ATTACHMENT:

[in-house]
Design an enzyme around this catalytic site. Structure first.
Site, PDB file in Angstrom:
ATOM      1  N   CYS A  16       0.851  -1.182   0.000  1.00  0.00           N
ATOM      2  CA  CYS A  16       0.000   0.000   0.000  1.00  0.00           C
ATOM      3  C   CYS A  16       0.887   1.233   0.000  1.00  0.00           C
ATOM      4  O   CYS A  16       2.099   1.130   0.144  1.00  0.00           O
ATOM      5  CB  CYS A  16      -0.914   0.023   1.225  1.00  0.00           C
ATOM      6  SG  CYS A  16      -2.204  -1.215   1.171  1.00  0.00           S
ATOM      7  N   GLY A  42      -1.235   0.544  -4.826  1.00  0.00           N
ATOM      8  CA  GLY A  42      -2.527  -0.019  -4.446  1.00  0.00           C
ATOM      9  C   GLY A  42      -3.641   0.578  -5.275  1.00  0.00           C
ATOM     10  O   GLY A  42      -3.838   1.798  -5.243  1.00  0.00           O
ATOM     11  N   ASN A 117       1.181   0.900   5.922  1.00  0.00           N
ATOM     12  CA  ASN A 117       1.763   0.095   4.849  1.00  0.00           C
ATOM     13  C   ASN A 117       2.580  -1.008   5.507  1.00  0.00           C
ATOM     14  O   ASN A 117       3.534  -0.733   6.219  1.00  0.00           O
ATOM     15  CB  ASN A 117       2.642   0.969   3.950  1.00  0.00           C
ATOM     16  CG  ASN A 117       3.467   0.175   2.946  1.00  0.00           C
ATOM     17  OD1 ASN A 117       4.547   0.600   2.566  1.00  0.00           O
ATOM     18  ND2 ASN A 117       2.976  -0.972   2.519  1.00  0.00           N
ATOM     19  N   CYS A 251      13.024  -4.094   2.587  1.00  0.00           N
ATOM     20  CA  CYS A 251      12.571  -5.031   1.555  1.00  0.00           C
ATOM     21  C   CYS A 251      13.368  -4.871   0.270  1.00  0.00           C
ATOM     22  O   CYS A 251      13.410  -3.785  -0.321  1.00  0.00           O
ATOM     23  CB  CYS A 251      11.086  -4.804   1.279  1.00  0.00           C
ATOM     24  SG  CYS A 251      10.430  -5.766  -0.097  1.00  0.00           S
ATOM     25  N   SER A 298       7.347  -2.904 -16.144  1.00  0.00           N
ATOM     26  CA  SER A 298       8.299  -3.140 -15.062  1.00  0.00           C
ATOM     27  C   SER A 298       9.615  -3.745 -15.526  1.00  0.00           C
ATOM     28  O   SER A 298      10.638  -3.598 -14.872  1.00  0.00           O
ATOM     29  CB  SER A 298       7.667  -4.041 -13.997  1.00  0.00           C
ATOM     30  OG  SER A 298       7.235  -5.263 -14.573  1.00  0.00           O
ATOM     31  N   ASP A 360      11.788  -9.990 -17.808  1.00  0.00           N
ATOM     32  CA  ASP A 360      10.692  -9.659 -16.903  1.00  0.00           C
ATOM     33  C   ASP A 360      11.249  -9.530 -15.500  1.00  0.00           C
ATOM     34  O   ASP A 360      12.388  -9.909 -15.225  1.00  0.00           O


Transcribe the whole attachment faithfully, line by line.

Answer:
[in-house]
Design an enzyme around this catalytic site. Structure first.
Site, PDB file in Angstrom:
ATOM      1  N   CYS A  16       0.851  -1.182   0.000  1.00  0.00           N
ATOM      2  CA  CYS A  16       0.000   0.000   0.000  1.00  0.00           C
ATOM      3  C   CYS A  16       0.887   1.233   0.000  1.00  0.00           C
ATOM      4  O   CYS A  16       2.099   1.130   0.144  1.00  0.00           O
ATOM      5  CB  CYS A  16      -0.914   0.023   1.225  1.00  0.00           C
ATOM      6  SG  CYS A  16      -2.204  -1.215   1.171  1.00  0.00           S
ATOM      7  N   GLY A  42      -1.235   0.544  -4.826  1.00  0.00           N
ATOM      8  CA  GLY A  42      -2.527  -0.019  -4.446  1.00  0.00           C
ATOM      9  C   GLY A  42      -3.641   0.578  -5.275  1.00  0.00           C
ATOM     10  O   GLY A  42      -3.838   1.798  -5.243  1.00  0.00           O
ATOM     11  N   ASN A 117       1.181   0.900   5.922  1.00  0.00           N
ATOM     12  CA  ASN A 117       1.763   0.095   4.849  1.00  0.00           C
ATOM     13  C   ASN A 117       2.580  -1.008   5.507  1.00  0.00           C
ATOM     14  O   ASN A 117       3.534  -0.733   6.219  1.00  0.00           O
ATOM     15  CB  ASN A 117       2.642   0.969   3.950  1.00  0.00           C
ATOM     16  CG  ASN A 117       3.467   0.175   2.946  1.00  0.00           C
ATOM     17  OD1 ASN A 117       4.547   0.600   2.566  1.00  0.00           O
ATOM     18  ND2 ASN A 117       2.976  -0.972   2.519  1.00  0.00           N
ATOM     19  N   CYS A 251      13.024  -4.094   2.587  1.00  0.00           N
ATOM     20  CA  CYS A 251      12.571  -5.031   1.555  1.00  0.00           C
ATOM     21  C   CYS A 251      13.368  -4.871   0.270  1.00  0.00           C
ATOM     22  O   CYS A 251      13.410  -3.785  -0.321  1.00  0.00           O
ATOM     23  CB  CYS A 251      11.086  -4.804   1.279  1.00  0.00           C
ATOM     24  SG  CYS A 251      10.430  -5.766  -0.097  1.00  0.00           S
ATOM     25  N   SER A 298       7.347  -2.904 -16.144  1.00  0.00           N
ATOM     26  CA  SER A 298       8.299  -3.140 -15.062  1.00  0.00           C
ATOM     27  C   SER A 298       9.615  -3.745 -15.526  1.00  0.00           C
ATOM     28  O   SER A 298      10.638  -3.598 -14.872  1.00  0.00           O
ATOM     29  CB  SER A 298       7.667  -4.041 -13.997  1.00  0.00           C
ATOM     30  OG  SER A 298       7.235  -5.263 -14.573  1.00  0.00           O
ATOM     31  N   ASP A 360      11.788  -9.990 -17.808  1.00  0.00           N
ATOM     32  CA  ASP A 360      10.692  -9.659 -16.903  1.00  0.00           C
ATOM     33  C   ASP A 360      11.249  -9.530 -15.500  1.00  0.00           C
ATOM     34  O   ASP A 360      12.388  -9.909 -15.225  1.00  0.00           O